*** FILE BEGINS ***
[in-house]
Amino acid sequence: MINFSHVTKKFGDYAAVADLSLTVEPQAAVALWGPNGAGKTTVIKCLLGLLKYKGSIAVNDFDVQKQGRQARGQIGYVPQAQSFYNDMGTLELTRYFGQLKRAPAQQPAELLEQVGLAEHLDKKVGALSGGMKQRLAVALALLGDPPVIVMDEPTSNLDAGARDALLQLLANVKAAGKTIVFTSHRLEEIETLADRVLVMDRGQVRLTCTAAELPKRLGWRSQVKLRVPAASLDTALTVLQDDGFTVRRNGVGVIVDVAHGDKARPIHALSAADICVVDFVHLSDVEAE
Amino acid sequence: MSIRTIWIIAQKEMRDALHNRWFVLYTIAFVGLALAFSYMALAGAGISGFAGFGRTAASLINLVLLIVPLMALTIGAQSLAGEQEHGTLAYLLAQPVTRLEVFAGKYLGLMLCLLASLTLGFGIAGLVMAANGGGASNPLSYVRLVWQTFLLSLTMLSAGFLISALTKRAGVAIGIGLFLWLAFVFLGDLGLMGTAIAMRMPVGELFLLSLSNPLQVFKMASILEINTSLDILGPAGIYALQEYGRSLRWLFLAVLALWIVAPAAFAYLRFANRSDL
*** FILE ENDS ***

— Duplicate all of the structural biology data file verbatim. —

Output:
[in-house]
Amino acid sequence: MINFSHVTKKFGDYAAVADLSLTVEPQAAVALWGPNGAGKTTVIKCLLGLLKYKGSIAVNDFDVQKQGRQARGQIGYVPQAQSFYNDMGTLELTRYFGQLKRAPAQQPAELLEQVGLAEHLDKKVGALSGGMKQRLAVALALLGDPPVIVMDEPTSNLDAGARDALLQLLANVKAAGKTIVFTSHRLEEIETLADRVLVMDRGQVRLTCTAAELPKRLGWRSQVKLRVPAASLDTALTVLQDDGFTVRRNGVGVIVDVAHGDKARPIHALSAADICVVDFVHLSDVEAE
Amino acid sequence: MSIRTIWIIAQKEMRDALHNRWFVLYTIAFVGLALAFSYMALAGAGISGFAGFGRTAASLINLVLLIVPLMALTIGAQSLAGEQEHGTLAYLLAQPVTRLEVFAGKYLGLMLCLLASLTLGFGIAGLVMAANGGGASNPLSYVRLVWQTFLLSLTMLSAGFLISALTKRAGVAIGIGLFLWLAFVFLGDLGLMGTAIAMRMPVGELFLLSLSNPLQVFKMASILEINTSLDILGPAGIYALQEYGRSLRWLFLAVLALWIVAPAAFAYLRFANRSDL